The manatees hide just below the surface sticking up their heads every few minutes, for a breath or to thrill the tourists who watch intently, because it is a thing to do in this part of Florida in winter.
The restaurants in the harbor don’t mind, it draws a crowd and takes pressure off the kitchen, for people waiting for sea mammals do not grow impatient like those waiting for just burgers or an order of fried clams with a side of fries.
The manatees will never understand humans, why they queue up in the sun to eat animals, when the sea provides a free feast for herbivores if you are only willing to immerse yourself in the search for a meal.
A singe egret sits calmly
on the lowest branch of a long barren tree, where hours from now a thousand birds will arrive for still another evening and night.
He stares at me as I am mindfully vacuuming, watching carefully.
I pause and ask if by chance he is a Buddha and he lifts his long neck and peers around in all directions.
I repeat my question, and he lifts one wing, which I know to be his way of saying, “I, like you, am imbued with Buddha nature, and I with mother nature as well, and if you doubt me ask one of the countless Bodhisattva who will arrive in hours to study the Dharma well into what will be a wet night.
Early this morning the sky was pregnant with the rain that would inundate our afternoon, the sun a struggling visitor then, deciding the battle was lost and sliding away behind the clouds. It is afternoon now and our thoughts of the morning have been washed away, the plants no longer thirsty, risk drowning. We live in a world of never enough and too much, and we are allowed to complain about this day, which is the best reason not to.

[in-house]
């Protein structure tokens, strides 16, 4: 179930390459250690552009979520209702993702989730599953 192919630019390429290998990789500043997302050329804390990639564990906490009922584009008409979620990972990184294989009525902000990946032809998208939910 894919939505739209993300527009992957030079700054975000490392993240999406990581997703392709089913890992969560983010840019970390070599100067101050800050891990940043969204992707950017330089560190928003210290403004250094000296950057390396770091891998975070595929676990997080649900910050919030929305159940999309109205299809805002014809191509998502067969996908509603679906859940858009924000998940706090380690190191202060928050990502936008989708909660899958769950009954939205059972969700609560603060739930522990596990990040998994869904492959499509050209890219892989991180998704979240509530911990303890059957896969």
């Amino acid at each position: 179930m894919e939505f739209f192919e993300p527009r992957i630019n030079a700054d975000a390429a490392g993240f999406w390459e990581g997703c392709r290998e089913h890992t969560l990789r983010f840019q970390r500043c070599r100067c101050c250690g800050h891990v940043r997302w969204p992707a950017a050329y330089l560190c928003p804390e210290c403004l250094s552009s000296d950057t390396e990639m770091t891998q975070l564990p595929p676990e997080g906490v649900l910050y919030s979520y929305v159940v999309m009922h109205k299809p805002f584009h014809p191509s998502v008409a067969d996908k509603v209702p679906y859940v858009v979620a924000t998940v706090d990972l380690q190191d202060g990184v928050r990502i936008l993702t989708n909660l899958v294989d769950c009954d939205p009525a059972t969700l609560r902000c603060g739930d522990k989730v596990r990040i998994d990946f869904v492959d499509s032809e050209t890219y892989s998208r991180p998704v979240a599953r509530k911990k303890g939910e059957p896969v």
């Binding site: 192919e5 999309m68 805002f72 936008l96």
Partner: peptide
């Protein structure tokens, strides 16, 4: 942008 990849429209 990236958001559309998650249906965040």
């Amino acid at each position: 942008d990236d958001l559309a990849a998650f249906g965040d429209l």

The Royal Poinciana is in full bloom, its brilliant flame has led the sun to take jealous refuge in the clouds but we know not to be complacent.
Mother nature it is said, and we are loathe to argue, can be at times the most fickle of bitches and we suspect that it will not be long before she brings forth still another tropical storm, a tantrum in which the jacaranda’s beauty must cede to her repressed envy, scattered at our feet, a warning, perhaps, but nonetheless a moment of beauty that even nature cannot deny us.
Along the shore, this morning, the clouds piled up, refusing entry to the promised sun, which hung back forlorn. The waves charged onto the sand like so many two year olds in full tantrum, banging against all in sight and retreating, only to charge again, pushing away any and all in their path. The wind pummels the sand, and as we walk along the street the wind borne sand tears against our skin urging us to take shelter, reminding us that nature does not bend to the weatherman, and will from time to time play havoc with their forecasts because nature speaks, she never listens.